Thursday, March 20, 2008

holy week

I met with a young man this week who struggles with anger. Not aggression directed at people, really, but he yells, screams, slams doors, throws things. His bewildered mother brought him to me wondering what on earth is wrong with her child.

I was struck, as I often am in these cases, by the sheer vulnerability of this child. How tears burst forward the minute he mentioned his father or his grades. How he tells me all about his anger, but how all I see in him is his pain.

I meet a bit later with his mother, and she is frustrated, overwhelmed by his daily outbursts. She worries that he is just like his abusive father, genetically doomed (in her view) to be selfish, demanding, mean, and petty. So she responds to his outbursts by telling him how wrong he is, by arguing with him, by punishing. And his therapist (who asked for the evaluation) works endlessly on "anger management" and sees little change in his behavior despite years of work together.


When I read the gospel story today, where Jesus washes Peter's feet, I thought of just how different that approach really is. The situation I described above is really one of parental avoidance, in a sense: avoidance of their child's anger, avoidance of emotional messiness, avoidance out of a fear that they will somehow be at fault. But the gospel today is a message of openness, of acceptance -- of facing the mess and dealing with it, of nurturing someone in their most private, most shameful, most difficult areas.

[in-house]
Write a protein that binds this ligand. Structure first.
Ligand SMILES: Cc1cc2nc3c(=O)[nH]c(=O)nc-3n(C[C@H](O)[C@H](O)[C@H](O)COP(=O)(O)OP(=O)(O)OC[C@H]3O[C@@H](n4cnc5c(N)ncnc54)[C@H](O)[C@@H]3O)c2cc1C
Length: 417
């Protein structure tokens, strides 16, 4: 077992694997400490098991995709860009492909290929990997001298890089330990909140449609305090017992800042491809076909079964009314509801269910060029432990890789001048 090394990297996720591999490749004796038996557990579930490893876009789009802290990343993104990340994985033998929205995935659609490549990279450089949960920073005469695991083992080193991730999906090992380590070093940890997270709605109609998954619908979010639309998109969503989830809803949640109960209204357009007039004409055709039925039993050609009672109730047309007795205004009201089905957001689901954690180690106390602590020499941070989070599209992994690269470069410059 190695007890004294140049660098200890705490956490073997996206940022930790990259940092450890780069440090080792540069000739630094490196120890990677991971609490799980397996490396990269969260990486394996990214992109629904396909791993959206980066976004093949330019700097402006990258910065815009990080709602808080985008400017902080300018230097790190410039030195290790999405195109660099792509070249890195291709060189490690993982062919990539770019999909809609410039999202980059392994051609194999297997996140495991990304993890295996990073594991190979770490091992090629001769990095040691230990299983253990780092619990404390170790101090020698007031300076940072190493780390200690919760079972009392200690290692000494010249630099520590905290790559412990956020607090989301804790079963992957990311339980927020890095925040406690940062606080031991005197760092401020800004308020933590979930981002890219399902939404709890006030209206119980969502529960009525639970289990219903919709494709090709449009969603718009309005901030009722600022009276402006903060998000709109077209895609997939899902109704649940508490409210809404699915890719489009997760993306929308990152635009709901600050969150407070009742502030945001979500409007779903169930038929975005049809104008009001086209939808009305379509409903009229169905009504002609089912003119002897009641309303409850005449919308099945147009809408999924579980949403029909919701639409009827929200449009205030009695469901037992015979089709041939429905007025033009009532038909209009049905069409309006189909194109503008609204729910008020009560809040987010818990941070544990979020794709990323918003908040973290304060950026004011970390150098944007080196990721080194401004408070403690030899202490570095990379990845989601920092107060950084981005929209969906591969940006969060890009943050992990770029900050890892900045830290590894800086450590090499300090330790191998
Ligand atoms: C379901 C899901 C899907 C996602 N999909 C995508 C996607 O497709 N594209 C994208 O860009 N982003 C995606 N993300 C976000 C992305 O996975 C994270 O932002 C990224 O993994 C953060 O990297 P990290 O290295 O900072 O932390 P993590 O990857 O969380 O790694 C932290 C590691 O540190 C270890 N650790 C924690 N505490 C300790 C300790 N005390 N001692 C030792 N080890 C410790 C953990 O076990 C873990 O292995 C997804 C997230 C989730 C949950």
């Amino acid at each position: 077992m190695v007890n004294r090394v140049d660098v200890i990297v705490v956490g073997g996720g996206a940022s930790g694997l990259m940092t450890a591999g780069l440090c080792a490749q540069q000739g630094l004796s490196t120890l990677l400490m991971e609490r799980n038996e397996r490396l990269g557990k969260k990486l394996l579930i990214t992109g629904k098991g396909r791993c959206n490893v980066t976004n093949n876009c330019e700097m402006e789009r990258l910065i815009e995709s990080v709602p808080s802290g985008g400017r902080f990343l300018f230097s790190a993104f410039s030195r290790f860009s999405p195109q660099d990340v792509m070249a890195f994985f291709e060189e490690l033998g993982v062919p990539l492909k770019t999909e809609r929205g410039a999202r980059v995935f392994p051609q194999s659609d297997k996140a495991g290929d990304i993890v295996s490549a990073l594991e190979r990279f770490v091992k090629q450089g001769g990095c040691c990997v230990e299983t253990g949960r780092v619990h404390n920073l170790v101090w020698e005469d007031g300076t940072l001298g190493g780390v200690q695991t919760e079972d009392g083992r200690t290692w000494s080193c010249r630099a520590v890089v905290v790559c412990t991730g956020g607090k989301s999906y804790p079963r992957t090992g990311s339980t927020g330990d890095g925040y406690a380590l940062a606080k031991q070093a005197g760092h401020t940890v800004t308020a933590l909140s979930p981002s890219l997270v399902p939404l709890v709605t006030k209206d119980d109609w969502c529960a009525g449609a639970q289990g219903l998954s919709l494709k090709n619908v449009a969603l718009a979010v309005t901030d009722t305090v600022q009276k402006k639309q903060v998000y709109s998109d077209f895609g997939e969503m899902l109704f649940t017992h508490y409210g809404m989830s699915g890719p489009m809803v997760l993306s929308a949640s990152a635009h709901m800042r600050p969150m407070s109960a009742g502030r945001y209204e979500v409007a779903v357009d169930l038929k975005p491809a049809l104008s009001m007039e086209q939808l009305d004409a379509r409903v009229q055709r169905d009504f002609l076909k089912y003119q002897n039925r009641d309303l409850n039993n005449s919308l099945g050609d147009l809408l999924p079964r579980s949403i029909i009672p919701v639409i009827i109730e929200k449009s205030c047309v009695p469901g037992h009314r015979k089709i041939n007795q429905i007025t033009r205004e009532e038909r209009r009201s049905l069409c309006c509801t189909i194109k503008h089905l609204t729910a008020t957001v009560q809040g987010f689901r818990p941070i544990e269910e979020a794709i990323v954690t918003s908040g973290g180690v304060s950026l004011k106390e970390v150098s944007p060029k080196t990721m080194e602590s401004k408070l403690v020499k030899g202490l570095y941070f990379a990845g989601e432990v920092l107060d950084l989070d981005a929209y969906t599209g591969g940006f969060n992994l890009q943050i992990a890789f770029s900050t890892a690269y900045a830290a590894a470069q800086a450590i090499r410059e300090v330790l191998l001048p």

It is all well and good, I think, to understand that this is how God deals with us. But my hope is to take this lesson and recall that we are called to do the same. I think we are often trapped in a sense by our desire for calm, for order, for all the good things that make us feel like life is OK and we're doing our jobs as parents, partners, or spouses correctly. But the gospel calls us to look past this to see the person in front of us, hurting or ashamed or confused, and offer something more than a reminder of what they should be doing.

If we follow Christ's example, we welcome the messiness, welcome the fear, welcome the possibility that we have been in error -- because by doing so with compassion for ourselves and whomever we are dealing with, we bring about the potential for grace.


more cows than people said...

lovely reflection, steve.

do you get to make recommendations to his therapist? is there any way you could be his therapist? the role of evaluator must be a hard or painful one sometimes.

steve said...

more cows,

Actually, yes, I do get to make some recommendations to his therapist -- and I'll be able to give some feedback to the mother. I find that part of the process much more hope inspiring, actually.